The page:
- The Washington Times - Friday, January 12, 2007

LONDON — Prime Minister Tony Blair said yesterday that Britain’s influence on the world stage and ability to right global wrongs depends on active engagement, and the country cannot defend itself from terrorism by retreating into isolationism.

He told Royal Navy personnel aboard a warship that Britain must be willing to commit to military action when necessary to pursue laudable goals.

Diplomacy alone cannot solve the world’s problems, Mr. Blair said in a policy lecture to British servicemen and women aboard HMS Albion, in Plymouth harbor, southwestern England. It needs the military to complement it, he said.

“The risk … is that the politicians decide it’s all too difficult and default to an unstated, passive disengagement, that doing the right thing slips almost unconsciously into doing the easy thing,” Mr. Blair said. “Many countries are already in this position, but the consequences for Britain are hugely significant.”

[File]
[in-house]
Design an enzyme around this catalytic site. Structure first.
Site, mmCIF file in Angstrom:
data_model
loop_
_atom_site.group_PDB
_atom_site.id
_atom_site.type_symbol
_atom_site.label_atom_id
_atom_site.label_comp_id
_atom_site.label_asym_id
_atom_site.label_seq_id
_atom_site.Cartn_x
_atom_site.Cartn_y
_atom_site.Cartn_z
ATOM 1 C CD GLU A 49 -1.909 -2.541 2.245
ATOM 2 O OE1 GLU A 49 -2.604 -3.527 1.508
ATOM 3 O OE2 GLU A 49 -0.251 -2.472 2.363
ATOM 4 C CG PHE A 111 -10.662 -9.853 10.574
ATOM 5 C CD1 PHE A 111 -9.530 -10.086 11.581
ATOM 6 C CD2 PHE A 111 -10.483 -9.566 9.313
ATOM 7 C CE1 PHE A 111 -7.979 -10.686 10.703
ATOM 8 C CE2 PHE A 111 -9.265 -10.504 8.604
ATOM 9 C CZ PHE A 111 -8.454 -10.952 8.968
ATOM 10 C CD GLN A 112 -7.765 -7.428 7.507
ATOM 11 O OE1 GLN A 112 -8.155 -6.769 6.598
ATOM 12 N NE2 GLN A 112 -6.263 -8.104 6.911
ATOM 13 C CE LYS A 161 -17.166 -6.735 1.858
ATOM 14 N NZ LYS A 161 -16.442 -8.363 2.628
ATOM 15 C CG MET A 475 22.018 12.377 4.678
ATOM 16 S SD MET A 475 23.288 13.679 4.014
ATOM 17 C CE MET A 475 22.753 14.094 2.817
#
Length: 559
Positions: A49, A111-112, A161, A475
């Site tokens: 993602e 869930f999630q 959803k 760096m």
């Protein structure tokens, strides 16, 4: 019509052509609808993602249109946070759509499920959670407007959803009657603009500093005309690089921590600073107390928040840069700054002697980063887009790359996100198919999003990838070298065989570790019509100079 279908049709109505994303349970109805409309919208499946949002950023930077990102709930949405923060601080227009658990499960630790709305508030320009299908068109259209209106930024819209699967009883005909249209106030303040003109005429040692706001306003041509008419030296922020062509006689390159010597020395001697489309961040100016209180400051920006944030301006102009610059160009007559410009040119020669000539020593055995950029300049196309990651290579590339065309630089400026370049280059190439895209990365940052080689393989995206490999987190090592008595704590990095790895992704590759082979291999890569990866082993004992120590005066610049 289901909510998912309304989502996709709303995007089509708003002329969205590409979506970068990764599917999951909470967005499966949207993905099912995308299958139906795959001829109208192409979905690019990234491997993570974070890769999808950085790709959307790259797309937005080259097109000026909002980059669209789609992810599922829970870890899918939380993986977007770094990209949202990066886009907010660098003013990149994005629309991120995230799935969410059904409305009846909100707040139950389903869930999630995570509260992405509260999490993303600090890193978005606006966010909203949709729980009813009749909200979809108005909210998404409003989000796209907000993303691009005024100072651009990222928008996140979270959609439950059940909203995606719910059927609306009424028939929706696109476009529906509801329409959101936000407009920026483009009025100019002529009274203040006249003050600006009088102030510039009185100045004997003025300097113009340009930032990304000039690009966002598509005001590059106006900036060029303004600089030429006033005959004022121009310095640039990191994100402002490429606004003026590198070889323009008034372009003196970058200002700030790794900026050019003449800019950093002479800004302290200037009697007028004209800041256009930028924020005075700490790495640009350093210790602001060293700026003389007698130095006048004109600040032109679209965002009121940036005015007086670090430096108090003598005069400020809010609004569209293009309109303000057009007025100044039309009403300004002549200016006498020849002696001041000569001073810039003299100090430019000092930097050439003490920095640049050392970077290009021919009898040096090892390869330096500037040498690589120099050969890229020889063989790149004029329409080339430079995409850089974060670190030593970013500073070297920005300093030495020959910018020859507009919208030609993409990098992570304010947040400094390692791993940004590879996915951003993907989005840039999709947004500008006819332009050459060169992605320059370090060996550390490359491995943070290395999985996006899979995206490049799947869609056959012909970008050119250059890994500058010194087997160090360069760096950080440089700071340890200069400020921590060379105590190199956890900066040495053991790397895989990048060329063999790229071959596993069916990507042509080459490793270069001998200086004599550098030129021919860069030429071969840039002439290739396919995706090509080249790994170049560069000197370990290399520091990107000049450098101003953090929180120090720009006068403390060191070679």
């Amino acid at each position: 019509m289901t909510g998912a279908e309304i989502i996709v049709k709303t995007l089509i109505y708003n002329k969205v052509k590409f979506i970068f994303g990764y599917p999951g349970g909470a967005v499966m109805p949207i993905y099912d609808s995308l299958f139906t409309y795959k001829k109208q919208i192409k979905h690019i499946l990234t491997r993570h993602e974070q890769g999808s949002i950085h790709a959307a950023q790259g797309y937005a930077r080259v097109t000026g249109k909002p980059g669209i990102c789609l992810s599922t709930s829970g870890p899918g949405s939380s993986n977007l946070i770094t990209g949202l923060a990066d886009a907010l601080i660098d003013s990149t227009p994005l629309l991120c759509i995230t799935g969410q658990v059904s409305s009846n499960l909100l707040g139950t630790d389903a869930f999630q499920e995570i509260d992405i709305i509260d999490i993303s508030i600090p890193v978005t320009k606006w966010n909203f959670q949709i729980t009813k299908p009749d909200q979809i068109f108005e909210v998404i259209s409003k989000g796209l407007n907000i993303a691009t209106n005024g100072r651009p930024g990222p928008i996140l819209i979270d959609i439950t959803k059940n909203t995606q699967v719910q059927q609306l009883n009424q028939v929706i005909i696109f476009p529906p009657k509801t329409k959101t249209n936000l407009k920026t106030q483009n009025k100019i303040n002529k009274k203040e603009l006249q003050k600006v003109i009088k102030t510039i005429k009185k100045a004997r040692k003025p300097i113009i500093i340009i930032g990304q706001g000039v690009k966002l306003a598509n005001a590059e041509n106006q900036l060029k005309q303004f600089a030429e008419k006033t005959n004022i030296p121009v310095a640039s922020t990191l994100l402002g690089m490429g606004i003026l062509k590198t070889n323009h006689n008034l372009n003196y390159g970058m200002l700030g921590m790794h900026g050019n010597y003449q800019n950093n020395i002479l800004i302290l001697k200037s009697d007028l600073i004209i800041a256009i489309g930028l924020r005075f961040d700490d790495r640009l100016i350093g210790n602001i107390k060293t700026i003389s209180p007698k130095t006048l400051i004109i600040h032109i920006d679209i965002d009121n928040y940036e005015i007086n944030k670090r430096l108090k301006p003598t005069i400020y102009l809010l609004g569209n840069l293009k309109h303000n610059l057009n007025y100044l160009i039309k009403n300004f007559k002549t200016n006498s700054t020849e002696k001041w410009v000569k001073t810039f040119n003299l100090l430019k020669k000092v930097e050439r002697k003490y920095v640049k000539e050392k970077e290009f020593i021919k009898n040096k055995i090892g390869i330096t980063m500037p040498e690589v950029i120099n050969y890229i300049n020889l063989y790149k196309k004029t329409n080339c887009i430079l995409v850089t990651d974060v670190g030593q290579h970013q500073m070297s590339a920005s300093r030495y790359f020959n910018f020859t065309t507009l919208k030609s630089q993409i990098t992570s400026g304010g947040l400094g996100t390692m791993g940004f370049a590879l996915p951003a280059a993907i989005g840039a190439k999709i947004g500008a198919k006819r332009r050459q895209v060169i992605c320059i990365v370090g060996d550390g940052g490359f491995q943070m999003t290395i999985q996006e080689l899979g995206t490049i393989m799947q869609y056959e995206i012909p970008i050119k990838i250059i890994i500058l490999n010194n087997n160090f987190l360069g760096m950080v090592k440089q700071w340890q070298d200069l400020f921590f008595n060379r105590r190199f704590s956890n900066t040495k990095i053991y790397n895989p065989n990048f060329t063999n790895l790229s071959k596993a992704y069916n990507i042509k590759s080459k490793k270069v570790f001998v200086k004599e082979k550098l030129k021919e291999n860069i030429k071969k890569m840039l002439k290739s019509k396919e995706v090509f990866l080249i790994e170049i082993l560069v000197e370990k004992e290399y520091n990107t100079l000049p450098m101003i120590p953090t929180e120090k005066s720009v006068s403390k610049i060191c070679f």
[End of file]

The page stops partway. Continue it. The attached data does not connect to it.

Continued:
The lecture was the sixth in a series of policy speeches he has made since the middle of last year.

The prime minister said terrorism cannot be defeated without military force, despite flagging public opinion. The war in Iraq has been deeply unpopular from the beginning, causing major political trouble for Mr. Blair and helping fuel a rebellion in his Labor Party.

He said the public must see operations in places such as Iraq and Afghanistan as a “necessary engagement” to protect security and advance British interests globally.

Mr. Blair is to leave office later this year, but he has not said when. The speech appeared to lay out his thoughts on what British foreign policy should be once he leaves 10 Downing Street.

He encouraged a continuation of Britain’s alliance with the United States and urged Britain to extend its influence in the world.

“My choice is … for us as a nation to be as willing to fight terrorism and pay the cost of that fight wherever it may be, as we are to be proud champions of the causes of peace in the Middle East, action against poverty, or the struggle to halt the degradation of our environment,” he said.

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